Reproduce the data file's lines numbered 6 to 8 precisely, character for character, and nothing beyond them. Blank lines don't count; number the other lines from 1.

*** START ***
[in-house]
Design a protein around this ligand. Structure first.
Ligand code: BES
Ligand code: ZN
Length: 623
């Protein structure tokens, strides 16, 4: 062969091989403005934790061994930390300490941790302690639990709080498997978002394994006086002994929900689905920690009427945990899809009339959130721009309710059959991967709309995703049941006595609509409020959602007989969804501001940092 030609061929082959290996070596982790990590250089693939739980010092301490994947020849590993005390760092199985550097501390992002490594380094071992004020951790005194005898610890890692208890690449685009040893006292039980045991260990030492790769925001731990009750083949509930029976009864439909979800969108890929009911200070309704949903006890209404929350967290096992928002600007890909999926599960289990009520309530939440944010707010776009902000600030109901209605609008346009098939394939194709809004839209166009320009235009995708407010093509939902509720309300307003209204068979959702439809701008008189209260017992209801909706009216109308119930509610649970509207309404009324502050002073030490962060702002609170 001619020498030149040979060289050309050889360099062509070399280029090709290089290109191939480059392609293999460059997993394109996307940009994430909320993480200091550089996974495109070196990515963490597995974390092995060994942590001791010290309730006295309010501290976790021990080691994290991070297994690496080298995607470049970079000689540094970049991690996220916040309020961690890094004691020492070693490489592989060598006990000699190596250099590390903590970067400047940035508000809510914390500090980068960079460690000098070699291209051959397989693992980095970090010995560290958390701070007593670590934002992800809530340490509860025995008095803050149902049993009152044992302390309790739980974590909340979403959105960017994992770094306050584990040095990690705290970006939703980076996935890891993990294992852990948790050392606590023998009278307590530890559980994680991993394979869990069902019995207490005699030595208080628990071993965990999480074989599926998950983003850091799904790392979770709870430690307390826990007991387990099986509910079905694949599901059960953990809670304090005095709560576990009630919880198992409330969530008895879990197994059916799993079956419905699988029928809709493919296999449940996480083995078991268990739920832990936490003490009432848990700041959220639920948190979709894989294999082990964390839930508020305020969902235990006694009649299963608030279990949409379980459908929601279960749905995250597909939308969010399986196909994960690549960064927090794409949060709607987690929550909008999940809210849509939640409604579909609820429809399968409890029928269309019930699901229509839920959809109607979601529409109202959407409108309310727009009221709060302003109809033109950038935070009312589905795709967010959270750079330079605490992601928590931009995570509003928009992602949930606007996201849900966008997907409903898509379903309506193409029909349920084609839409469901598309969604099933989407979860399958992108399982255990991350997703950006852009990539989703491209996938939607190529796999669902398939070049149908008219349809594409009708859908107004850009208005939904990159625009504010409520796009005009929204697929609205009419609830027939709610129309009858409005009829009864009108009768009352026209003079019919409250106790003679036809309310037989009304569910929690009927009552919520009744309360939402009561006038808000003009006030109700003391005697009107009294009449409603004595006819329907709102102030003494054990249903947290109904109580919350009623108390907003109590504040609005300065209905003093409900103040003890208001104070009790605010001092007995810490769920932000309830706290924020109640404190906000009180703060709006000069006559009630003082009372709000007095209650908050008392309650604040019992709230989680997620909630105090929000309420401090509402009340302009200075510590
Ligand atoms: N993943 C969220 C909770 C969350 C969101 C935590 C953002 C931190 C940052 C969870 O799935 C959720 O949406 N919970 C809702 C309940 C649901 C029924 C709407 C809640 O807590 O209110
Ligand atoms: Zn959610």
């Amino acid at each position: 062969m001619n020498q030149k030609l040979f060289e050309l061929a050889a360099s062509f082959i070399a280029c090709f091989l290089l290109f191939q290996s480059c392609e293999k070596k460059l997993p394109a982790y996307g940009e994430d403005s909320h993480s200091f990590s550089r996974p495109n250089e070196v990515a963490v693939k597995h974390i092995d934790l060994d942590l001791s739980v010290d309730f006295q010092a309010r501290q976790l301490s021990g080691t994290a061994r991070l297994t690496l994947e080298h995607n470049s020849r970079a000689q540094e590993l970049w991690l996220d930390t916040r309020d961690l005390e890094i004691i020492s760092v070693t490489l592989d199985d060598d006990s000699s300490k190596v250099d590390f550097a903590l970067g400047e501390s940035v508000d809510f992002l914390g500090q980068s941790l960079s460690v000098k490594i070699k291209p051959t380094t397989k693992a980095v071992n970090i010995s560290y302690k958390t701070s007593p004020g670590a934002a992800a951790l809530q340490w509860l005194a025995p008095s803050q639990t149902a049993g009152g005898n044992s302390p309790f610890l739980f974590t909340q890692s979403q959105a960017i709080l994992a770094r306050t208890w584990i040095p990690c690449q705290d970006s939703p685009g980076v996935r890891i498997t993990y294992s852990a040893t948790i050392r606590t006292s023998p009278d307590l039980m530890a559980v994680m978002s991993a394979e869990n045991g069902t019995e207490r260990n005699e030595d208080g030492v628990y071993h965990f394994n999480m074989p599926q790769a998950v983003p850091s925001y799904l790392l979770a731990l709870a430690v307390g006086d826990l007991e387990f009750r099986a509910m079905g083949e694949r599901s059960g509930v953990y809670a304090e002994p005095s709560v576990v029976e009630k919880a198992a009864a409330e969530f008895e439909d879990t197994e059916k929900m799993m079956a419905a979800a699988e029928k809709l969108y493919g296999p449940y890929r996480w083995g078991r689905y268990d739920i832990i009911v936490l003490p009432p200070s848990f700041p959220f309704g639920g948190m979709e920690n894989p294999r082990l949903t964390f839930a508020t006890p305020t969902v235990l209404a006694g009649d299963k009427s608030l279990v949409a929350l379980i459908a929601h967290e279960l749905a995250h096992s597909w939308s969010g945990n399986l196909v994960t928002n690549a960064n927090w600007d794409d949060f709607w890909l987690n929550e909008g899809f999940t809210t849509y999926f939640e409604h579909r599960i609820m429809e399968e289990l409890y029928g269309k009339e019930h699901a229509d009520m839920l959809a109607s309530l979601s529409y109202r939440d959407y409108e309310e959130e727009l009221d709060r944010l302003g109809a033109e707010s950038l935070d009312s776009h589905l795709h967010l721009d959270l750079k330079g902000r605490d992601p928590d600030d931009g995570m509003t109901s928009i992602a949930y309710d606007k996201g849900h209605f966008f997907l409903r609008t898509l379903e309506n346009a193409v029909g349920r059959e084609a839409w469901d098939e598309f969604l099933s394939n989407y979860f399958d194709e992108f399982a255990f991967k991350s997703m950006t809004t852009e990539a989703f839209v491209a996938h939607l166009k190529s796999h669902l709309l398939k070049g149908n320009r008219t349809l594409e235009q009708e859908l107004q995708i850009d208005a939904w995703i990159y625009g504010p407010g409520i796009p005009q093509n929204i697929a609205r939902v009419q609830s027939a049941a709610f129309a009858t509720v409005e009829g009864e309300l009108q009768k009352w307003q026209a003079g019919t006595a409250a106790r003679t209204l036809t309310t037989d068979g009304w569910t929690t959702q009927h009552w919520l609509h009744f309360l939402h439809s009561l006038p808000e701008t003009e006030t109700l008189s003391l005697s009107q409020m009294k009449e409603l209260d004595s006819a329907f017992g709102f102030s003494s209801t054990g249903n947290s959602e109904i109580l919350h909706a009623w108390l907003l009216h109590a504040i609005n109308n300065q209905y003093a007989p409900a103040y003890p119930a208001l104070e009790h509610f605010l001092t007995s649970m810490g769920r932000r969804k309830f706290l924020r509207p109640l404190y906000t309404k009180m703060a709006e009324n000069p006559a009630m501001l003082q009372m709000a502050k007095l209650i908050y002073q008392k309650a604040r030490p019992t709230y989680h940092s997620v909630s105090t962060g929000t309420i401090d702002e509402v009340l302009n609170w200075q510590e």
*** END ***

């Protein structure tokens, strides 16, 4: 062969091989403005934790061994930390300490941790302690639990709080498997978002394994006086002994929900689905920690009427945990899809009339959130721009309710059959991967709309995703049941006595609509409020959602007989969804501001940092 030609061929082959290996070596982790990590250089693939739980010092301490994947020849590993005390760092199985550097501390992002490594380094071992004020951790005194005898610890890692208890690449685009040893006292039980045991260990030492790769925001731990009750083949509930029976009864439909979800969108890929009911200070309704949903006890209404929350967290096992928002600007890909999926599960289990009520309530939440944010707010776009902000600030109901209605609008346009098939394939194709809004839209166009320009235009995708407010093509939902509720309300307003209204068979959702439809701008008189209260017992209801909706009216109308119930509610649970509207309404009324502050002073030490962060702002609170 001619020498030149040979060289050309050889360099062509070399280029090709290089290109191939480059392609293999460059997993394109996307940009994430909320993480200091550089996974495109070196990515963490597995974390092995060994942590001791010290309730006295309010501290976790021990080691994290991070297994690496080298995607470049970079000689540094970049991690996220916040309020961690890094004691020492070693490489592989060598006990000699190596250099590390903590970067400047940035508000809510914390500090980068960079460690000098070699291209051959397989693992980095970090010995560290958390701070007593670590934002992800809530340490509860025995008095803050149902049993009152044992302390309790739980974590909340979403959105960017994992770094306050584990040095990690705290970006939703980076996935890891993990294992852990948790050392606590023998009278307590530890559980994680991993394979869990069902019995207490005699030595208080628990071993965990999480074989599926998950983003850091799904790392979770709870430690307390826990007991387990099986509910079905694949599901059960953990809670304090005095709560576990009630919880198992409330969530008895879990197994059916799993079956419905699988029928809709493919296999449940996480083995078991268990739920832990936490003490009432848990700041959220639920948190979709894989294999082990964390839930508020305020969902235990006694009649299963608030279990949409379980459908929601279960749905995250597909939308969010399986196909994960690549960064927090794409949060709607987690929550909008999940809210849509939640409604579909609820429809399968409890029928269309019930699901229509839920959809109607979601529409109202959407409108309310727009009221709060302003109809033109950038935070009312589905795709967010959270750079330079605490992601928590931009995570509003928009992602949930606007996201849900966008997907409903898509379903309506193409029909349920084609839409469901598309969604099933989407979860399958992108399982255990991350997703950006852009990539989703491209996938939607190529796999669902398939070049149908008219349809594409009708859908107004850009208005939904990159625009504010409520796009005009929204697929609205009419609830027939709610129309009858409005009829009864009108009768009352026209003079019919409250106790003679036809309310037989009304569910929690009927009552919520009744309360939402009561006038808000003009006030109700003391005697009107009294009449409603004595006819329907709102102030003494054990249903947290109904109580919350009623108390907003109590504040609005300065209905003093409900103040003890208001104070009790605010001092007995810490769920932000309830706290924020109640404190906000009180703060709006000069006559009630003082009372709000007095209650908050008392309650604040019992709230989680997620909630105090929000309420401090509402009340302009200075510590
Ligand atoms: N993943 C969220 C909770 C969350 C969101 C935590 C953002 C931190 C940052 C969870 O799935 C959720 O949406 N919970 C809702 C309940 C649901 C029924 C709407 C809640 O807590 O209110
Ligand atoms: Zn959610």